That is a smart play for the GOP, it’s just not clear they are operating in a rational world. I also think you can easily see a package of small- to mid-scale bipartisan fixes breezing its way through the Senate. Part of the huge frustration over the past few years was, any sort of policy on the scale of Obamacare is going to have problems when it’s implemented. Normally, you have the luxury of being able to tweak it as you go and pass technical fixes or moderate policy. We have not been able to pass those things. In the past seven years you had Republicans aggressively taking shots to make it fail — like Marco Rubio’s bill to eliminate the risk corridors. That was a huge blow to the ACA and had a lot to do with the current instability in some of the markets.
What’s the biggest hurdle for a bipartisan Obamacare fix?
The next phase of this is a freight train that is speeding down the rails headed straight for Paul Ryan. You could probably pass a bipartisan package fix in the Senate. Then, it lands in Paul Ryan’s lap, and he’s in the exact same position as John Boehner: Do you bring up a bill that probably doesn’t have a majority — it could pass with a strong bipartisan consensus — but does not have the support of a majority of Republicans? I don’t even know if a bipartisan fix of Obamacare could get the majority of Republicans in the Senate. It almost certainly won’t get a majority of Republicans in the House. If I’m Paul Ryan, that’s what’s keeping me up at night because that is the next phase of this debate.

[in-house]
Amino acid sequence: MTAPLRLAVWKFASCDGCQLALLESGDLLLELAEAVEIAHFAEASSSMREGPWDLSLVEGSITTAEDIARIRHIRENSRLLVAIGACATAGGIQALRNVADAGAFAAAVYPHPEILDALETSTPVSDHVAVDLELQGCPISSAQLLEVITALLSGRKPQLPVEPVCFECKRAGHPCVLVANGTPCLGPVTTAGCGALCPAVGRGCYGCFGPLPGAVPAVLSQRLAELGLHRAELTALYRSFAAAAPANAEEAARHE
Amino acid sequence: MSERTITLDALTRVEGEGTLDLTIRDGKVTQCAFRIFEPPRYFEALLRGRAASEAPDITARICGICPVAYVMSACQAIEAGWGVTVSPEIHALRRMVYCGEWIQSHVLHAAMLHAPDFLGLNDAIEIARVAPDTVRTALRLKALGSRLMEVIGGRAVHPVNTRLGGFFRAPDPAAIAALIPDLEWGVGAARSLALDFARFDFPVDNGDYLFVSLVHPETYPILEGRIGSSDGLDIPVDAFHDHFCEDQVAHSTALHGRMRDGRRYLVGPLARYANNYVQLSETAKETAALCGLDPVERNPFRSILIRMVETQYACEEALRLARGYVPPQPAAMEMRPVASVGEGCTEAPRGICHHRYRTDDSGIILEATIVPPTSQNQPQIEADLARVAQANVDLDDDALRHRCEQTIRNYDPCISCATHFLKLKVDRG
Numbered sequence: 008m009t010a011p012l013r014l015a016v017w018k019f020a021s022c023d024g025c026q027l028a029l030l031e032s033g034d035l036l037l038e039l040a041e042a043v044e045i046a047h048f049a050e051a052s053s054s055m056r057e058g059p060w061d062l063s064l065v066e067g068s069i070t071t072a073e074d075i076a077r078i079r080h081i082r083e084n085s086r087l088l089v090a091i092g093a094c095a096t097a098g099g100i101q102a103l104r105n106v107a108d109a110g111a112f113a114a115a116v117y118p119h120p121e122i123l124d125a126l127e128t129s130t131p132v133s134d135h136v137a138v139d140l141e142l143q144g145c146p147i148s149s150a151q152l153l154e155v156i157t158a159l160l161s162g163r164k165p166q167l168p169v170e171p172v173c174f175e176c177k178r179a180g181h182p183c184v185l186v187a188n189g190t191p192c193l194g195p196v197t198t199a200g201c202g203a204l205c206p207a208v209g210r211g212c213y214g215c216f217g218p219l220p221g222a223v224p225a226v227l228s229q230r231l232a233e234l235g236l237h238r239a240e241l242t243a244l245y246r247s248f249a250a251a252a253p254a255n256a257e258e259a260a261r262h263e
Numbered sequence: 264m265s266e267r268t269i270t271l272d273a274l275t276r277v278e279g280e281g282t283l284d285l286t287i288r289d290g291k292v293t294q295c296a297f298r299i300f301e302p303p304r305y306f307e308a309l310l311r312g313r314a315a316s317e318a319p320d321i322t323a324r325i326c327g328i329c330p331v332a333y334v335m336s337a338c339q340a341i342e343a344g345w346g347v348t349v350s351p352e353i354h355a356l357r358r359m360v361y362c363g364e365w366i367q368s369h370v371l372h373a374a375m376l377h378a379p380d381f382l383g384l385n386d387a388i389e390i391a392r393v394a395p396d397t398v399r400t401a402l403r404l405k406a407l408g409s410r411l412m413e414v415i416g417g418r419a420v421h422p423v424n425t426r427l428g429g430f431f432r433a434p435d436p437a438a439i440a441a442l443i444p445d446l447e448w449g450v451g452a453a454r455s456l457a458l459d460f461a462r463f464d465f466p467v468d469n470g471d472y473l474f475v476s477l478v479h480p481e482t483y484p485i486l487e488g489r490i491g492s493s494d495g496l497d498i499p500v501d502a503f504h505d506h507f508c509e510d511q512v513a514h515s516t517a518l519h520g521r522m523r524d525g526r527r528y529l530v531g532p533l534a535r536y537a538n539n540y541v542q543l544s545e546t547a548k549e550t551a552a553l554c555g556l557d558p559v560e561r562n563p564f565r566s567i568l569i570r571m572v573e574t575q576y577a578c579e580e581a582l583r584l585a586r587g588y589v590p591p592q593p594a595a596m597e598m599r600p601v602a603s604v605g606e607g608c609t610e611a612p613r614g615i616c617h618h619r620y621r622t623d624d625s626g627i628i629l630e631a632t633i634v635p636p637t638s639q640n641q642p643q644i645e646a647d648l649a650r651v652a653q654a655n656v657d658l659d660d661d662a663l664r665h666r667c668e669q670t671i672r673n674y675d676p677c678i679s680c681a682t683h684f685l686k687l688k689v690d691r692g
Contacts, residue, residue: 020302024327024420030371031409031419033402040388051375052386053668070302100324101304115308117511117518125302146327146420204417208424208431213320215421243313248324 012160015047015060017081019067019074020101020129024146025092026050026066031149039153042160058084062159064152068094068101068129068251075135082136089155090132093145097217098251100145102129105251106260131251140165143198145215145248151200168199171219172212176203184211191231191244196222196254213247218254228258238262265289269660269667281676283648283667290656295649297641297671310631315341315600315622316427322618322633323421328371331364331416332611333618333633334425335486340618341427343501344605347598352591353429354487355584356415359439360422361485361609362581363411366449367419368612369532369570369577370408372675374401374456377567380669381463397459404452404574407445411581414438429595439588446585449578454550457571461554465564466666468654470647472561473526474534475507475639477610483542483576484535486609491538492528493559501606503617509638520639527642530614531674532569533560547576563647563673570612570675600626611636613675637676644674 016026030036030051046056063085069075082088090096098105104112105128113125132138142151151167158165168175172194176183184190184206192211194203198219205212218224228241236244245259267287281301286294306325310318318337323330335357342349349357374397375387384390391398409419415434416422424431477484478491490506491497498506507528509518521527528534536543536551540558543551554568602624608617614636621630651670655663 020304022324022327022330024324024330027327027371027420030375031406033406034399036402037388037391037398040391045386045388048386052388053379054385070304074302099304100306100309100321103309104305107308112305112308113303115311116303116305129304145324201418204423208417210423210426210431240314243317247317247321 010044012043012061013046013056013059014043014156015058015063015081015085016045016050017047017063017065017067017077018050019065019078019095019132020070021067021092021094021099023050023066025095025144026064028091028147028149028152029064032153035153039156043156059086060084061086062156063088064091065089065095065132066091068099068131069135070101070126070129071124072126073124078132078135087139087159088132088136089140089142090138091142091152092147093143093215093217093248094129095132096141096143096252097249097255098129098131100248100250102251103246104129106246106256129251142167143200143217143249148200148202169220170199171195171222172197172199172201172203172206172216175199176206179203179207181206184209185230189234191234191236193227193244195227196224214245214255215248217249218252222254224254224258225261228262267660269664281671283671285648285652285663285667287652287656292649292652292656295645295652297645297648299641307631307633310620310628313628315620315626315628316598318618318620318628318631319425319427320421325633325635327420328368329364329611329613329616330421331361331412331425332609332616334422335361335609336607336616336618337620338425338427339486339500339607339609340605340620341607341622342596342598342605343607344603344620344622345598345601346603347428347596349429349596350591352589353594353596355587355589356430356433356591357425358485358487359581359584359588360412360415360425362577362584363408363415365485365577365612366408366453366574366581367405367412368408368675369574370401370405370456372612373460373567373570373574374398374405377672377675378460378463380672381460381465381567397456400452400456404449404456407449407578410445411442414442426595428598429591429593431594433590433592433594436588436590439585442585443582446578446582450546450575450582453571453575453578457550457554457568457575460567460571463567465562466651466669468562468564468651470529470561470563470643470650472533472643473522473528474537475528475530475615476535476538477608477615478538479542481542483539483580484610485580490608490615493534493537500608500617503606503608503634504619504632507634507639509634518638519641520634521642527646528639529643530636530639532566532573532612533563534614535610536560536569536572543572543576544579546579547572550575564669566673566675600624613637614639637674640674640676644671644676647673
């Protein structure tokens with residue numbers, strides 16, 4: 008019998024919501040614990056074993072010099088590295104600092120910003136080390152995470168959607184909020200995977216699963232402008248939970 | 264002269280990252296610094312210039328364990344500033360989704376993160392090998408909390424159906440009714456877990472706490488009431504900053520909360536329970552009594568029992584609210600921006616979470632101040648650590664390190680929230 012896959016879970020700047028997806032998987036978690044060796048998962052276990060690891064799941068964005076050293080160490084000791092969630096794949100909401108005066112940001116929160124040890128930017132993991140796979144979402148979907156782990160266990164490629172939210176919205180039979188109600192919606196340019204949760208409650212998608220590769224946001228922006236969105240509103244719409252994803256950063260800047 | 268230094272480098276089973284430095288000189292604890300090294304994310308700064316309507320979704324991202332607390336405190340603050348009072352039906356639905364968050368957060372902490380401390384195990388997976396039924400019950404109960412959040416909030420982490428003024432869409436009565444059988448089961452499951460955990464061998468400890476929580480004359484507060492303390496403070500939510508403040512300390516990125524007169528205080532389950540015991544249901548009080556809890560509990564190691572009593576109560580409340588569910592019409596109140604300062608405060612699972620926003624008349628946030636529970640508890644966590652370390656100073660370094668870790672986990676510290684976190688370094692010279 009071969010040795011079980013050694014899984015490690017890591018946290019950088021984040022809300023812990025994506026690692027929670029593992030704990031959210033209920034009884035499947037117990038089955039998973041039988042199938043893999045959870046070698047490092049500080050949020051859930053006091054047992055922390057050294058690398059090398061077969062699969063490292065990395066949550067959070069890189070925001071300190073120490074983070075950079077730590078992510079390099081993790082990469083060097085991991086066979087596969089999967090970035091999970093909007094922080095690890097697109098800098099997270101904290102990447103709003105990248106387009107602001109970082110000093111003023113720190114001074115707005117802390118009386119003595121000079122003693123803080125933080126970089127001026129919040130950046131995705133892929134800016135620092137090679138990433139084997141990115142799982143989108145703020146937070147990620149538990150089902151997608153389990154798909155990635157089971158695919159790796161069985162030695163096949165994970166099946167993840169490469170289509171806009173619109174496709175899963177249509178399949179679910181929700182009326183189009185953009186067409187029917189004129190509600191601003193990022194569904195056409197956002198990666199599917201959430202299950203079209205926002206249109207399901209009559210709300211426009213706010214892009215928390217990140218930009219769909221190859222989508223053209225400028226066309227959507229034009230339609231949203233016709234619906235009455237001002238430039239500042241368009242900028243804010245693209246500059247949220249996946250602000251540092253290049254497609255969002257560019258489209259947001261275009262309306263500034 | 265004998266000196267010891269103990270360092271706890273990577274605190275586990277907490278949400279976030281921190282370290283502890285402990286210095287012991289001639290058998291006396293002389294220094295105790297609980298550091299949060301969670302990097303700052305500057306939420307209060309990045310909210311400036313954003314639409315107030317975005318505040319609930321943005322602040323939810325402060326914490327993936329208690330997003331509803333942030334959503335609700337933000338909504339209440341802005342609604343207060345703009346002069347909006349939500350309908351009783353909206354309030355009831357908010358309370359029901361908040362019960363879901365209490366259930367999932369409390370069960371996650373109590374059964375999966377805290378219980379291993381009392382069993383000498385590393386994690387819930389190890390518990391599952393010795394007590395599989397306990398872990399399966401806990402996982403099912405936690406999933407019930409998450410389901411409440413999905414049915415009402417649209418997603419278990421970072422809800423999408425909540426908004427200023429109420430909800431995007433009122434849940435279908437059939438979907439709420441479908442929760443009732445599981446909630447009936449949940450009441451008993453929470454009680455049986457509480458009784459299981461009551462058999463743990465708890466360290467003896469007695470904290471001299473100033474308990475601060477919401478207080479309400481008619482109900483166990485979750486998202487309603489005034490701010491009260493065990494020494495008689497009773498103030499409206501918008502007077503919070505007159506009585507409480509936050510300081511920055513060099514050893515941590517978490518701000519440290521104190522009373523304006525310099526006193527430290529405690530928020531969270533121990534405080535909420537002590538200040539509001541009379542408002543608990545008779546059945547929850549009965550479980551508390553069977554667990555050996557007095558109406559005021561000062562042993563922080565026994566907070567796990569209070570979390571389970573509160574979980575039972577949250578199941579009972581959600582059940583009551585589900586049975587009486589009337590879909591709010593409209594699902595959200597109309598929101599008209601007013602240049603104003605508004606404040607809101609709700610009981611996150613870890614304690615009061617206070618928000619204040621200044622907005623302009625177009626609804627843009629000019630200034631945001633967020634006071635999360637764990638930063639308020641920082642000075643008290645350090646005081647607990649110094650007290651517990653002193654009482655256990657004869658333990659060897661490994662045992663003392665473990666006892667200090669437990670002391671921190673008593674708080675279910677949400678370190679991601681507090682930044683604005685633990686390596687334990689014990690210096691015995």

But it seems like it would be difficult for McConnell to pass a bipartisan bill where most of his caucus votes against it.
It’s been done before. One of the things we made note of in 2015 and 2016 was that a lot of Republicans were running around bragging about all the bills they were passing through the Senate once they took over the majority. If you look, a lot of those bills were passed with 90 to 100 percent of support from Democrats and 50 percent or less from Republicans. There’s a bit of a muscle memory there for Republicans. The way they sort of logged a lot of bipartisan achievements was to lean heavily on Democrats to support and bring along just enough Republicans to pass it. A big X factor now is whether Trump comes out loudly opposed to it or whether he supports it. If he supports it you could definitely make it work, and if he supports it you could see it even getting a majority of Republicans in the House — although I’m a little skeptical.
What would be the best-case scenario for Democrats?
Schumer has very quietly played his hand masterfully on this issue and deserves a tremendous amount of credit, and I think [compromising with Republicans] is a line he will walk very carefully.
Fundamentally, Democrats have to be able to say they preserved Obamacare. As long as they can say to the base, “We preserved Obamacare,” the base will be very supportive. I think that’s achievable. Frankly, I think it could be a very strong positive for Democrats going into 2018 to say, “At the outset of the Trump administration, nobody thought it was possible for Democrats to save Obamacare. Everybody thought it was a given that it was going to be repealed within the first few weeks of the Trump administration.” So for Democrats to be able to go into 2018 saying, “We saved Obamacare, even if we had to make a few tweaks,” I think that’s a very strong place for them to be in.
This interview has been condensed and edited.